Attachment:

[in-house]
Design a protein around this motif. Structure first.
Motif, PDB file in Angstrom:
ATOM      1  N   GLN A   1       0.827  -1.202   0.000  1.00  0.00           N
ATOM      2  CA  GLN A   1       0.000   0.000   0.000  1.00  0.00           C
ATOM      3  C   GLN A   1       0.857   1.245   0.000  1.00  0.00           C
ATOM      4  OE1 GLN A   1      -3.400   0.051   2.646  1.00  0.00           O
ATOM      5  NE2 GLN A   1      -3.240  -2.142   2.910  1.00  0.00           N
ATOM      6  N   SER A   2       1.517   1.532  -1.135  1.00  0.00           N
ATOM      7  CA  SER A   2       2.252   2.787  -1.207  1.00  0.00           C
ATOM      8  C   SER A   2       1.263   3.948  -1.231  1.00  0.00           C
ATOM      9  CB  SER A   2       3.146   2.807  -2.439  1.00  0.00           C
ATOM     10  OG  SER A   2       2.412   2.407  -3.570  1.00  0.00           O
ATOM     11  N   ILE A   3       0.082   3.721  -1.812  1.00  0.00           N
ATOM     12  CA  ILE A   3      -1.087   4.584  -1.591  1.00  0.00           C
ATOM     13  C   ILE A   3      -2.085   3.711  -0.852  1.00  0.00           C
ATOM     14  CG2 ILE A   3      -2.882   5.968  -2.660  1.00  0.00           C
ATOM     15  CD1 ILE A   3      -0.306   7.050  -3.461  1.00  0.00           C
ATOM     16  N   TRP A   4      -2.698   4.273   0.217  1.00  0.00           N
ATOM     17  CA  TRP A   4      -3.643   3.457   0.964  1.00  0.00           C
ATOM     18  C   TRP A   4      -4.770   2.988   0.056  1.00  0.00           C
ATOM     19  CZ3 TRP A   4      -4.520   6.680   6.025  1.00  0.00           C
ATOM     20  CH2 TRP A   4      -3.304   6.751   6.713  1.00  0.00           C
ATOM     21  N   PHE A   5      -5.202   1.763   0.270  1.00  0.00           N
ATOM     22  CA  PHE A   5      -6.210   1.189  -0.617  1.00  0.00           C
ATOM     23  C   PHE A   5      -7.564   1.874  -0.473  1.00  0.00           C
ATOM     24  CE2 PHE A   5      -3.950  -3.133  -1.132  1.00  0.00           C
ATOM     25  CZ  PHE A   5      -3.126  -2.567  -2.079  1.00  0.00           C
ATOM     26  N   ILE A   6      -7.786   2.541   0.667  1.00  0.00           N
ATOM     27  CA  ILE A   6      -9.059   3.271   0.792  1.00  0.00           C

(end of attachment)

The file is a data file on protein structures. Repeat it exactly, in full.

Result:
[in-house]
Design a protein around this motif. Structure first.
Motif, PDB file in Angstrom:
ATOM      1  N   GLN A   1       0.827  -1.202   0.000  1.00  0.00           N
ATOM      2  CA  GLN A   1       0.000   0.000   0.000  1.00  0.00           C
ATOM      3  C   GLN A   1       0.857   1.245   0.000  1.00  0.00           C
ATOM      4  OE1 GLN A   1      -3.400   0.051   2.646  1.00  0.00           O
ATOM      5  NE2 GLN A   1      -3.240  -2.142   2.910  1.00  0.00           N
ATOM      6  N   SER A   2       1.517   1.532  -1.135  1.00  0.00           N
ATOM      7  CA  SER A   2       2.252   2.787  -1.207  1.00  0.00           C
ATOM      8  C   SER A   2       1.263   3.948  -1.231  1.00  0.00           C
ATOM      9  CB  SER A   2       3.146   2.807  -2.439  1.00  0.00           C
ATOM     10  OG  SER A   2       2.412   2.407  -3.570  1.00  0.00           O
ATOM     11  N   ILE A   3       0.082   3.721  -1.812  1.00  0.00           N
ATOM     12  CA  ILE A   3      -1.087   4.584  -1.591  1.00  0.00           C
ATOM     13  C   ILE A   3      -2.085   3.711  -0.852  1.00  0.00           C
ATOM     14  CG2 ILE A   3      -2.882   5.968  -2.660  1.00  0.00           C
ATOM     15  CD1 ILE A   3      -0.306   7.050  -3.461  1.00  0.00           C
ATOM     16  N   TRP A   4      -2.698   4.273   0.217  1.00  0.00           N
ATOM     17  CA  TRP A   4      -3.643   3.457   0.964  1.00  0.00           C
ATOM     18  C   TRP A   4      -4.770   2.988   0.056  1.00  0.00           C
ATOM     19  CZ3 TRP A   4      -4.520   6.680   6.025  1.00  0.00           C
ATOM     20  CH2 TRP A   4      -3.304   6.751   6.713  1.00  0.00           C
ATOM     21  N   PHE A   5      -5.202   1.763   0.270  1.00  0.00           N
ATOM     22  CA  PHE A   5      -6.210   1.189  -0.617  1.00  0.00           C
ATOM     23  C   PHE A   5      -7.564   1.874  -0.473  1.00  0.00           C
ATOM     24  CE2 PHE A   5      -3.950  -3.133  -1.132  1.00  0.00           C
ATOM     25  CZ  PHE A   5      -3.126  -2.567  -2.079  1.00  0.00           C
ATOM     26  N   ILE A   6      -7.786   2.541   0.667  1.00  0.00           N
ATOM     27  CA  ILE A   6      -9.059   3.271   0.792  1.00  0.00           C